Summer Learning Before Kindergarten

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By: Angy Talbot (School Readiness Instructor/ECFE Blog Writer)

There are so many ways you can continue summer learning for your little ones when school is no longer in session. As a preschool teacher, I am often asked what types of things can be done over the summer to prepare children for kindergarten?

Here is a list of some things you can practice over the summer to help make your child’s kindergarten experiences more successful.

Practice Letter Names and Sounds: Learn letters in fun ways by playing alphabet games, letter match games, reading books with letter names and sounds, point out letters everywhere, play ABC Bingo, make letter flashcards and have a letter search, listen to alphabet songs or play ABC puzzles.

Writing Name: Your child should know the letters in his/her name and be able to identify their name. They will need to write their name in kindergarten. Get a notebook or writing paper that they can practice printing their name with a pencil. It is helpful to guide them in the proper way to hold a pencil. They don’t have to write their name perfectly, but it should be legible.

Numbers and Counting: It’s helpful if your child can count to 10 and recognize numerals 1-10. Practice counting to 20, put written numbers in order from 1-10, and count objects. Read and sing songs with numbers and count whenever possible. Your child can count how many goldfish they have in their snack bowl or they can count the apples while putting into a bag at the grocery store.

Practice Self-Help Skills: Practice tying shoes, putting on a jacket, zipping, buttoning and bathroom needs. Give your child opportunities to do these types of activities by themselves.

Memorize Full Name, Telephone Number and Address: Children should be able to recognize their full name in print and recite their phone number and address in case of an emergency.

Chores or Household Tasks: Give your child some chores that they can help around the house with from watering plants, setting the dinner table, helping at meal time, feeding the pet, helping with wiping up messes, putting their dirty clothes in the hamper, folding laundry, picking up their room or cleaning up after themselves (putting away supplies or toys after each use).

Time With Friends: Plan play dates or take a summer preschool or ECFE class, so your child can have social experiences with other children. It gives them opportunities that will teach them how to get along with others, share, express themselves, build friendship skills, and to encourage positive interactions with other kids.

Practice Fine Motor Skills: Let your child cut with scissors or draw. Give your child opportunities to use scissors to cut out magazine pictures or written shapes. Have your child use many school tools from pencils, markers, crayons, glue sticks, to explore drawing and art materials.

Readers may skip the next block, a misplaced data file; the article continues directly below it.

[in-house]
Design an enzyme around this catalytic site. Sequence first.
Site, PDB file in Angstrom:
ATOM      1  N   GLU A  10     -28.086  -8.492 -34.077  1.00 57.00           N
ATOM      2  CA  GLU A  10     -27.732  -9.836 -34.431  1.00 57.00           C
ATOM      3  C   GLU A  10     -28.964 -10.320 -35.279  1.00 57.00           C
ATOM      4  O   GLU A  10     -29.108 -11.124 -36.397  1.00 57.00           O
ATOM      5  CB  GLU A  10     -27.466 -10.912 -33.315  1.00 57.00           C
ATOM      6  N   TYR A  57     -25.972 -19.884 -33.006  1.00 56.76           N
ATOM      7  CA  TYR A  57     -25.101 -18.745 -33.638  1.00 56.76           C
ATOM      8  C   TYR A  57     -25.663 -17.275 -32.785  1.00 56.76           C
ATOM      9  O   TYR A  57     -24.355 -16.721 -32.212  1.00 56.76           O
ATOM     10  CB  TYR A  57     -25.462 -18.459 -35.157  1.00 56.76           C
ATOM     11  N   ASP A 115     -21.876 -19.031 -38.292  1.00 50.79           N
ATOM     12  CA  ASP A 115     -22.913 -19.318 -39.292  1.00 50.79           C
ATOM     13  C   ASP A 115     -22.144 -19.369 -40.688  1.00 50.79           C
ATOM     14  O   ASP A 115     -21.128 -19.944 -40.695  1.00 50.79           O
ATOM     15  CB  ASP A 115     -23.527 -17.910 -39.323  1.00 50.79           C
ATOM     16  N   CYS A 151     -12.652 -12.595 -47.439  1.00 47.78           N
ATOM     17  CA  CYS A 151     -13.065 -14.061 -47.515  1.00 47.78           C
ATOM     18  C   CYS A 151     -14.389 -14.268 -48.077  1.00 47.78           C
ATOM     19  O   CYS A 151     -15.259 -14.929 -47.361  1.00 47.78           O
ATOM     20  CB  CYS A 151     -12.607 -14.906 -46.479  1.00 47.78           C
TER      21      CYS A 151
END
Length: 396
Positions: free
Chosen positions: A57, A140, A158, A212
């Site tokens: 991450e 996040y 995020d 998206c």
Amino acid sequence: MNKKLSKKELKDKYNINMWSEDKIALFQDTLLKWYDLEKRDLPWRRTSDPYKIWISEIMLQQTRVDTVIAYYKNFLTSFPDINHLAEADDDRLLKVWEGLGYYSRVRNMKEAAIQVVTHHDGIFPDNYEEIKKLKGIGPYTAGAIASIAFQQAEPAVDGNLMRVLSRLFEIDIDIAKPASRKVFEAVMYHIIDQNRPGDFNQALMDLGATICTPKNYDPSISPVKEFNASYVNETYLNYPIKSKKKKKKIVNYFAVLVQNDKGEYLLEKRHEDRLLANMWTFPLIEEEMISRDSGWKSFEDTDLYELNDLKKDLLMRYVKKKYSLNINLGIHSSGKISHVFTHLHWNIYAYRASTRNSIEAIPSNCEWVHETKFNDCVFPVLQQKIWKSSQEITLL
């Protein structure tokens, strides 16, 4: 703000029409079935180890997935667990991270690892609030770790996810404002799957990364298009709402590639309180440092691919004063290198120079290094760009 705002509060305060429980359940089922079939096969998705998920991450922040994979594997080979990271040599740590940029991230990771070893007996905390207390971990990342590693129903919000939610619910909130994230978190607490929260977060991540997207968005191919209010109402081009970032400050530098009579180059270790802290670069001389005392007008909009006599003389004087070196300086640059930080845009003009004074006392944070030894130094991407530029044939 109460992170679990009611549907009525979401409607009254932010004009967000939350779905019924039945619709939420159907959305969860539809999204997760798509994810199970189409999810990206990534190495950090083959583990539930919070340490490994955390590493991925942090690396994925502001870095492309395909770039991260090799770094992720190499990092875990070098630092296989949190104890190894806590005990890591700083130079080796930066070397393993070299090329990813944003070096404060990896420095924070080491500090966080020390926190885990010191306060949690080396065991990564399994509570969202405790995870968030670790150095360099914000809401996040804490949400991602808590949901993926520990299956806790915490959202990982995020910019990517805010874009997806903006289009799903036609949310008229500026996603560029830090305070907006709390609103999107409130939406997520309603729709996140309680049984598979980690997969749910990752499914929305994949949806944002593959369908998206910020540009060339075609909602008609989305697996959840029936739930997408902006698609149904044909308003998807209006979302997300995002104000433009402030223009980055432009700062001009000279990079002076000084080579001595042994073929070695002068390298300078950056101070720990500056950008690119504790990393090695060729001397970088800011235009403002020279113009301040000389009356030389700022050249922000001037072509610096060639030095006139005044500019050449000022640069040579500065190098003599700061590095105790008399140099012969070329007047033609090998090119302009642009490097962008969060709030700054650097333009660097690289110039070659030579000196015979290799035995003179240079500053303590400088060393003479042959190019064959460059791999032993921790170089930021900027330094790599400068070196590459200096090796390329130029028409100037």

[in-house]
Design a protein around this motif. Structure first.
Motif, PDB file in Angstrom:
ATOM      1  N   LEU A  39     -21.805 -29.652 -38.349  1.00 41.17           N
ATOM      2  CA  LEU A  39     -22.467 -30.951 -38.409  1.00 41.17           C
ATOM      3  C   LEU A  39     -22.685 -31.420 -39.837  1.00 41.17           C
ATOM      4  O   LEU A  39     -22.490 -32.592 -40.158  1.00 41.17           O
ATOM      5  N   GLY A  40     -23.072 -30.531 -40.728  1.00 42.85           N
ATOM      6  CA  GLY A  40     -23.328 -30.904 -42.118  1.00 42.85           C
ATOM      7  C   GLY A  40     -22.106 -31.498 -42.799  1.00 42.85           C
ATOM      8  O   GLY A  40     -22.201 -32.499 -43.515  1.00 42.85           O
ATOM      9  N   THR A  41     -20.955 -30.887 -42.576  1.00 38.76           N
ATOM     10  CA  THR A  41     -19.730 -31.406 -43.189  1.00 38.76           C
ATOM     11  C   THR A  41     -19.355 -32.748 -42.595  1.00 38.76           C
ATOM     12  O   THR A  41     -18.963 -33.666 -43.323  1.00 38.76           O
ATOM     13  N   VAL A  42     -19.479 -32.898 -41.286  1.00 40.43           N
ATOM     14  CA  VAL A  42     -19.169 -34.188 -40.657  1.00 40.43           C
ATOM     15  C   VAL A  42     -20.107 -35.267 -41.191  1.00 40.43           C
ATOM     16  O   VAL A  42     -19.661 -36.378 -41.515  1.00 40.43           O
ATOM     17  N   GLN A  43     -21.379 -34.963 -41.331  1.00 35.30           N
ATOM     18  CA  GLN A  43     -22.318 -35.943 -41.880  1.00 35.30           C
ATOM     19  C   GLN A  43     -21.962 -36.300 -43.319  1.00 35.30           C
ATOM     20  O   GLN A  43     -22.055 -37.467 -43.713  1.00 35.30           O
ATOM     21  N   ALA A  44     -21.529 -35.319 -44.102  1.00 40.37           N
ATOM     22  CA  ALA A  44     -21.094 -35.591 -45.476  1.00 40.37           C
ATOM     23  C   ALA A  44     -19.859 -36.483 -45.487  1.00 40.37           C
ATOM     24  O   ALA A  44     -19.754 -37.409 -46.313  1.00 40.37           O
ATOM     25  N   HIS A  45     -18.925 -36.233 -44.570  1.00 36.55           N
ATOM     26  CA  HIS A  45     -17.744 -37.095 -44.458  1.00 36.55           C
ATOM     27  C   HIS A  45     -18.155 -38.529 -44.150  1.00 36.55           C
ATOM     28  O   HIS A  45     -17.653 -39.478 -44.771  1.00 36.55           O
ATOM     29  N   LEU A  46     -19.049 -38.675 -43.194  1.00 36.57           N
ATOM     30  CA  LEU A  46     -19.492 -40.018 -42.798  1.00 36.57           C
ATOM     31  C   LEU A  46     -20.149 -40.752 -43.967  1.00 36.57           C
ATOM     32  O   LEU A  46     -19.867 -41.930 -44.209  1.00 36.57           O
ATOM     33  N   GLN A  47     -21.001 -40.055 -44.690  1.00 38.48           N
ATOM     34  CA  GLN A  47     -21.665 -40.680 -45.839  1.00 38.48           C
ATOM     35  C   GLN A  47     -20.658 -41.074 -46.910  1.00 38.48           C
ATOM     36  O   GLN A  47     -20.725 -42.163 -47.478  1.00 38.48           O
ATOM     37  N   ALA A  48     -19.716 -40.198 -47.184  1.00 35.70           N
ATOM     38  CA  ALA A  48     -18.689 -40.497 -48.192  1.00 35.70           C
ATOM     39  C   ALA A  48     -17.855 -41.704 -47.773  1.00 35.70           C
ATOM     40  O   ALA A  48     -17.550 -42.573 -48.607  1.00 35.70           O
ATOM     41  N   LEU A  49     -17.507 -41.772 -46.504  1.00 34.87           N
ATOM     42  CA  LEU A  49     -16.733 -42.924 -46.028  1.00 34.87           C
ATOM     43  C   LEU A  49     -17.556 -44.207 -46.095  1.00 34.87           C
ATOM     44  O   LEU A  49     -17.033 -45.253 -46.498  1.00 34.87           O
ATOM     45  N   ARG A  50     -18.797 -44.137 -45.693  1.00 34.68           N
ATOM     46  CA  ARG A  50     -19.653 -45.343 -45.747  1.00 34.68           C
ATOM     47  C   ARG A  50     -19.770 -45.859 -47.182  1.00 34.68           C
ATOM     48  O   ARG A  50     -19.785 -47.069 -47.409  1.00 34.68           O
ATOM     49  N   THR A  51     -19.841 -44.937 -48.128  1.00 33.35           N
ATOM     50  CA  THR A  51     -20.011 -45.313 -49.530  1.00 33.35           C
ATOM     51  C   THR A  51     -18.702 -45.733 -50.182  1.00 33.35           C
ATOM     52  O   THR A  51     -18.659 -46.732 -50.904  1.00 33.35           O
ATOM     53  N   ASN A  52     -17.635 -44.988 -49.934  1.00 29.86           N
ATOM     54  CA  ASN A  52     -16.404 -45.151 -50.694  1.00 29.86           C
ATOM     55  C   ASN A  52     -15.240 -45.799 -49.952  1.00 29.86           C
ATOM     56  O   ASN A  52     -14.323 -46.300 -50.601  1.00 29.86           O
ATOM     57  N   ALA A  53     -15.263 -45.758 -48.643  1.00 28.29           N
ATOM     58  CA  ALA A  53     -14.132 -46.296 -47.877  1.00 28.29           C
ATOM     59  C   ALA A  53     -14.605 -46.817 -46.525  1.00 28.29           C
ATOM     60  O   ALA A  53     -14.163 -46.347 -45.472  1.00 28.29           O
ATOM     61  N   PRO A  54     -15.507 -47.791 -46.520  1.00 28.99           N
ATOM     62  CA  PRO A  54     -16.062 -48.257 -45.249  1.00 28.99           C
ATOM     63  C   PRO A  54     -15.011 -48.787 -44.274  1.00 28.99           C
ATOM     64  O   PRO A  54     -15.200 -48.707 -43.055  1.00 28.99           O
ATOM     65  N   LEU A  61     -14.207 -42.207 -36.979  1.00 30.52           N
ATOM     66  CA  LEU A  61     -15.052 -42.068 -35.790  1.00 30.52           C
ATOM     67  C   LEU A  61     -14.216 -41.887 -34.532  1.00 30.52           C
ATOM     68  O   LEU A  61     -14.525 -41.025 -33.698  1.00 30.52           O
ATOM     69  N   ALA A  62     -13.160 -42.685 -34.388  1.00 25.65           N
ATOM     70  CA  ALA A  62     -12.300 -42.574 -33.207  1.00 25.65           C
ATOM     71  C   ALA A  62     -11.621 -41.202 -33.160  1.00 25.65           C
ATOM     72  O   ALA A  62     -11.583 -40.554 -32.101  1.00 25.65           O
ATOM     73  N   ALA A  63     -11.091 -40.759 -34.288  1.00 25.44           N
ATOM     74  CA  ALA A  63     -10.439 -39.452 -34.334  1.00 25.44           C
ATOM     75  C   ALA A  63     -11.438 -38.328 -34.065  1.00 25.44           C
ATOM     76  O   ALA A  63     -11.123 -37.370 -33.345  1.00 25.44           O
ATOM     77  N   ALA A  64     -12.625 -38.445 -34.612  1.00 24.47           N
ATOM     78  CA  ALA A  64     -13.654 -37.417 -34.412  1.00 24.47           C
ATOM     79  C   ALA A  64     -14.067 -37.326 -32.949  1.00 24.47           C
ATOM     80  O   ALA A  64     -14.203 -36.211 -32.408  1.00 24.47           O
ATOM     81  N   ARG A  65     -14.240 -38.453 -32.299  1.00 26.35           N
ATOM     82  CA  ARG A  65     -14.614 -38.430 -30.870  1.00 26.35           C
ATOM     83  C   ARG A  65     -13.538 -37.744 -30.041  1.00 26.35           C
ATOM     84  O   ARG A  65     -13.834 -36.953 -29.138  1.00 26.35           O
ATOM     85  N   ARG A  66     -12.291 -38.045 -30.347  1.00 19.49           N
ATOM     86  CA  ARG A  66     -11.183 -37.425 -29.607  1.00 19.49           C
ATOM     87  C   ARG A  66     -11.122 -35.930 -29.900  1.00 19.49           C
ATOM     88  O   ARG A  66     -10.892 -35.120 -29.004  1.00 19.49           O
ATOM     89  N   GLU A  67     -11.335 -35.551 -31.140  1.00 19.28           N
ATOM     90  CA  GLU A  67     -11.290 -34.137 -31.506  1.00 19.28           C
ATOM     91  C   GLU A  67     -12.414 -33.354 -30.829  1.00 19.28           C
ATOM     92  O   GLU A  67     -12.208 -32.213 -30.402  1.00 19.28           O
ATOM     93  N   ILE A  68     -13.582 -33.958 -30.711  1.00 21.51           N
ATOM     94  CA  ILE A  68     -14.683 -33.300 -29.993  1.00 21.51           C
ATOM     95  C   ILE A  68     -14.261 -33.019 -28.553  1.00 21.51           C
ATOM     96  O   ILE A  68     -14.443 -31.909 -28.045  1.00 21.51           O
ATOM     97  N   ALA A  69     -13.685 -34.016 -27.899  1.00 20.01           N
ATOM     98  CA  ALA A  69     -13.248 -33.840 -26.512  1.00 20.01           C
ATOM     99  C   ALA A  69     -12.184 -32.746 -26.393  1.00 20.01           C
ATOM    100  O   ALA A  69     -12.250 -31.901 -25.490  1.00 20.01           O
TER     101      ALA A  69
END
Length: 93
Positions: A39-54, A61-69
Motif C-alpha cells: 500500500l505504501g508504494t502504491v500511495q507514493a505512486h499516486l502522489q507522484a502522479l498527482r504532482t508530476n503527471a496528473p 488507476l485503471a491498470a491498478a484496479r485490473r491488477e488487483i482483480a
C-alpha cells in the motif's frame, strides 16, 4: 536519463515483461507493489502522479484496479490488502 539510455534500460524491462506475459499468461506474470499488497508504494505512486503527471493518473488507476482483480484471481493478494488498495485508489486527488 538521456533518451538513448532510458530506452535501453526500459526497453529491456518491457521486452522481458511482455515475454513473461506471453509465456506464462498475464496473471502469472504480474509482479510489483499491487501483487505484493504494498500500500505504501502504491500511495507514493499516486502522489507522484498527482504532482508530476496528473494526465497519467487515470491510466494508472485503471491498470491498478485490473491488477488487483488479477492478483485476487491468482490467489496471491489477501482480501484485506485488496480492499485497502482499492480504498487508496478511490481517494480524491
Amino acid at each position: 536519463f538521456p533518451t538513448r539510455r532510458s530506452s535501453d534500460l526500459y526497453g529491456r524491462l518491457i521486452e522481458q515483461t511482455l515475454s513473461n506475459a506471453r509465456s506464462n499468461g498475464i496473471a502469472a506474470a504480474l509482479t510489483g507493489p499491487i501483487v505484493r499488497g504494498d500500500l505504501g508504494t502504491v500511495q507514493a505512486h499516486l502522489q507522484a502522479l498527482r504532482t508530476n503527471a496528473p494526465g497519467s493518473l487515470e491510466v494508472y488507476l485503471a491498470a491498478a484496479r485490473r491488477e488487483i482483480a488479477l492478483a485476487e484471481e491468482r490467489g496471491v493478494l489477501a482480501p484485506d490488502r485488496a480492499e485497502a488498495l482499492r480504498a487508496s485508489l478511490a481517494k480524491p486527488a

Practice Physical Development Skills: Engage your child to do many large motor skills from hopping, balancing, pedaling bike/tricycle, throwing and catching a ball. Join your child in active play, especially outdoors.

Practice Eating Out Of A Lunch Box: Let your child pick out a lunch box that they would like to use for school. A few times this summer, go for a picnic and have your child use their new lunch box to practice eating from their lunch box.

Give Your Child Some Independent Space: Give your child some time to do things on their own, to play in their room by themselves, and to have some free time to let them play whatever they like without a schedule.

Talk About Strangers And Safety: Discuss with your child the concept of strangers, people they can trust, and teach body safety.

Read, Read, And Read: It’s still important to read to your child daily. A wonderful time is before bed. During story, ask your child questions about the theme, characters or predictions of the book. You can always go to the library and pick out books for story time. Also, let your child see you reading books, newspaper, or even cereal boxes. Read as much as you can out loud so your child can hear you reading.

Talk To Your Child About Kindergarten: Talk to your child about what they should expect at kindergarten. Keep it light and breezy. Share your favorite memories about your days in school. You can also drive by your child’s school pointing it out to them.

Summer is a fun time to spend with your child enjoying all the joys of the season. Summer is for playing outside, baseball games, swimming, camping, and lazy days. These months can also be used to help guide your child and give them a little head start before their first day of kindergarten.

Here are some great resources and articles to help get your child ready for kindergarten:

Preparing for Kindergarten – Scholastic/Parent and Child Magazine

http://www.scholastic.com/parents/resources/article/what-to-expect-grade/preparing-kindergarten

33 Ways to Prepare Your Child for Kindergarten

https://www.icanteachmychild.com/33-ways-to-prepare-your-child-for-kindergarten/

How Can I Prepare My Child For Kindergarten?

https://www.babycenter.com/0_how-can-i-prepare-my-child-for-kindergarten_67245.bc

Kindergarten Readiness: Help Your Child Prepare – Mayo Clinic

http://www.mayoclinic.org/healthy-lifestyle/childrens-health/in-depth/kindergarten-readiness/art-20048432

How to Talk to Your Child About Interacting With Strangers

https://www.babycenter.com/0_how-to-talk-to-your-child-about-interacting-with-strangers_3657124.bc

What to Teach Your Kids About Strangers

http://www.ncpc.org/topics/violent-crime-and-personal-safety/strangers

Stranger Safety

http://www.parents.com/kids/safety/stranger-safety/

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